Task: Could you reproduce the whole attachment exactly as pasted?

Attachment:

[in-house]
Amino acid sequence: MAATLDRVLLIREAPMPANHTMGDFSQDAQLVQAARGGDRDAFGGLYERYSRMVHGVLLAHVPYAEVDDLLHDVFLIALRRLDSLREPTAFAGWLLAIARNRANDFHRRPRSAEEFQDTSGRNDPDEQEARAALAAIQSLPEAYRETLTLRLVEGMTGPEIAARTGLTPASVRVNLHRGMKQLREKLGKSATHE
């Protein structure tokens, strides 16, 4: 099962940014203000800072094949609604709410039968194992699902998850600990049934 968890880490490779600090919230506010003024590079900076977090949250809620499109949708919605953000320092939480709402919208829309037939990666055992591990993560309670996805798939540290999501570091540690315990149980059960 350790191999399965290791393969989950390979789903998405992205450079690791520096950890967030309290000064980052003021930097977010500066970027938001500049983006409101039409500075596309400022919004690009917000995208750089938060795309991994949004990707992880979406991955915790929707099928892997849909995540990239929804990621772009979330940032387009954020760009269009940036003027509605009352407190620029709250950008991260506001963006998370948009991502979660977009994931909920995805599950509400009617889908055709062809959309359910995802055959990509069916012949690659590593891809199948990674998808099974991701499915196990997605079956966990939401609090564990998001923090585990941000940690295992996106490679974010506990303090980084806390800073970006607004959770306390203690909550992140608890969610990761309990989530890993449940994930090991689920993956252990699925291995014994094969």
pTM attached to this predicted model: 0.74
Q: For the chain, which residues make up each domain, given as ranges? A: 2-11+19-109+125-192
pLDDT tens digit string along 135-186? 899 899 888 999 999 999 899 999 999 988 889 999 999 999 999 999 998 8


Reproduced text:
[in-house]
Amino acid sequence: MAATLDRVLLIREAPMPANHTMGDFSQDAQLVQAARGGDRDAFGGLYERYSRMVHGVLLAHVPYAEVDDLLHDVFLIALRRLDSLREPTAFAGWLLAIARNRANDFHRRPRSAEEFQDTSGRNDPDEQEARAALAAIQSLPEAYRETLTLRLVEGMTGPEIAARTGLTPASVRVNLHRGMKQLREKLGKSATHE
């Protein structure tokens, strides 16, 4: 099962940014203000800072094949609604709410039968194992699902998850600990049934 968890880490490779600090919230506010003024590079900076977090949250809620499109949708919605953000320092939480709402919208829309037939990666055992591990993560309670996805798939540290999501570091540690315990149980059960 350790191999399965290791393969989950390979789903998405992205450079690791520096950890967030309290000064980052003021930097977010500066970027938001500049983006409101039409500075596309400022919004690009917000995208750089938060795309991994949004990707992880979406991955915790929707099928892997849909995540990239929804990621772009979330940032387009954020760009269009940036003027509605009352407190620029709250950008991260506001963006998370948009991502979660977009994931909920995805599950509400009617889908055709062809959309359910995802055959990509069916012949690659590593891809199948990674998808099974991701499915196990997605079956966990939401609090564990998001923090585990941000940690295992996106490679974010506990303090980084806390800073970006607004959770306390203690909550992140608890969610990761309990989530890993449940994930090991689920993956252990699925291995014994094969």
pTM attached to this predicted model: 0.74
Q: For the chain, which residues make up each domain, given as ranges? A: 2-11+19-109+125-192
pLDDT tens digit string along 135-186? 899 899 888 999 999 999 899 999 999 988 889 999 999 999 999 999 998 8